Wednesday, February 3, 2010

Is there no end to what the thieving g*ts will try?

Banks pocket Isa tax breaks

Some of Britain’s leading banks and building societies are paying such miserly rates on easy-access Isas that savers would be better off in taxed accounts.

Posted by mr g @ 02:08 PM (772 views)
Please complete the required fields.



5 thoughts on “Is there no end to what the thieving g*ts will try?

  • mark wadsworth says:

    Exactly! I was mulling this earlier. The Home-Owner-Ists try and justify their economic model by saying “We are responsible and worthy citizens. We encourage saving and investing. Buying a house is saving and investing” (when quite clearly the reverse is true).

    So to cover their traces, the Home-Owner-Ists call for “tax breaks for savers” – however because of the way that markets work, the interest rate on ISA accounts adjust downwards to soak up some, all or even more of the supposed value of the tax break.

    Ergo, the overall interest that banks pay goes DOWN, ergo, the interest rates that they charge on mortgages GOES DOWN, ergo “tax breaks for saving” are in fact yet another taxpayer-subsidy for mortgage borrowers.

    Reply
    Please complete the required fields.



  • You paint a twisted picture there Mark, but unfortunately I cannot pick fault with what you say. It will be interesting to see how far the ISA war rages in the up coming ISA season. So far the best rate on offer without ties is around 3%. What was the inflation figure again? Do’h.

    Reply
    Please complete the required fields.



  • I would put it more simply. The banks are carrying on with their task of transferring our wealth to themselves, or to be even more precise, the bankers at the top.

    Reply
    Please complete the required fields.



  • Remember the gov promising that they were going to find ways to compensate savers for loss of bank interest?
    And what did they do? They increased the yearly amount you could stash in an ISA.
    Yeah, that really helped, given the paltry interest rates on ISAs, as the article points out.
    Those of us who check the net can get the better deals, but there must be thousands of people like my Mum who don’t realise just how little their ISA is paying. I checked hers last Nov and she was flabbergasted to find it was earning 0.25%. I found the best ISA deal for her but when she went to the bank to change it they talked her into taking a 4-year bond at 4.75% pa!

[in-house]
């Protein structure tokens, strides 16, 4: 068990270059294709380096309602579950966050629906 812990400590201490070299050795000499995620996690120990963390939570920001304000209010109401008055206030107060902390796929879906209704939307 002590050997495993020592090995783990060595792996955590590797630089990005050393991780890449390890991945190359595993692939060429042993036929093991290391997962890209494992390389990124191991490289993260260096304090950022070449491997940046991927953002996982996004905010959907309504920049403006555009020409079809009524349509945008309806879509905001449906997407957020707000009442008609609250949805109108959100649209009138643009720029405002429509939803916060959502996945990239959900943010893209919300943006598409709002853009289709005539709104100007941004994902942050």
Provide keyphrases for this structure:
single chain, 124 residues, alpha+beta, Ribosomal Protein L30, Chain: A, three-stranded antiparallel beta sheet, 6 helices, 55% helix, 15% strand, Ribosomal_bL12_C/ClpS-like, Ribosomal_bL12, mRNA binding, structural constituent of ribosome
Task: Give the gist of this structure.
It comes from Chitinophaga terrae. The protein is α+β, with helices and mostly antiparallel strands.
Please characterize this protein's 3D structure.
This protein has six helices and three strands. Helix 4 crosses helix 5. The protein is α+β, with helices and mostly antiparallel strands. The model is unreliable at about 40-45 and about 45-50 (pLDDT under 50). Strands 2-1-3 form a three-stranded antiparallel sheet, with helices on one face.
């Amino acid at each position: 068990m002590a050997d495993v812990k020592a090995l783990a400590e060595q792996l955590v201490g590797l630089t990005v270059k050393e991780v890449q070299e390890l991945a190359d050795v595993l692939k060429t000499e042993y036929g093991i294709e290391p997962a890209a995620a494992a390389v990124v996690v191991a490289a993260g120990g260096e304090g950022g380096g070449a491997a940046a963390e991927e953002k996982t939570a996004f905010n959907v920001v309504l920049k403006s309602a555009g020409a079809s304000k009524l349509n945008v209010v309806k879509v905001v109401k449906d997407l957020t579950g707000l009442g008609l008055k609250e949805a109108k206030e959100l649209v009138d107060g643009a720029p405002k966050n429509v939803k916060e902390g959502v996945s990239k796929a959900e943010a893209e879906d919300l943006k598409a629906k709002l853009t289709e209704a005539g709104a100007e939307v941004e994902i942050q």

Reply
    Please complete the required fields.



  • Inflation Is Inevitable says:

    Well in the short term at least we can put more money into our stocks and shares isa (I’d invest in oil companies, at least we can rely on opec to fix prices through supply restrictions and prevent significant losses), even if they bomb they will be back up again, other markets I’m not so sure. (We won’t stop needing energy and food and these days they are worryingly interconnected.)

    Maybe they are getting ready for when £10200 is only worth what £7200 used to be, oh I guess that’s pretty much happened, but more to come.

    If we take our cash out of banks we can hurt them, and the housing market at the same time. The banks will have to raise rates to win back savers. Smaller building societies are already having to do this.

    Reply
    Please complete the required fields.



Add a comment

  • Your email address is required so we can verify that the comment is genuine. It will not be posted anywhere on the site, will be stored confidentially by us and never given out to any third party.
  • Please note that any viewpoints published here as comments are user´s views and not the views of HousePriceCrash.co.uk.
  • Please adhere to the Guidelines

Your email address will not be published. Required fields are marked *

You may use these HTML tags and attributes:

<a href="" title=""> <abbr title=""> <acronym title=""> <b> <blockquote cite=""> <cite> <code> <del datetime=""> <em> <i> <q cite=""> <s> <strike> <strong>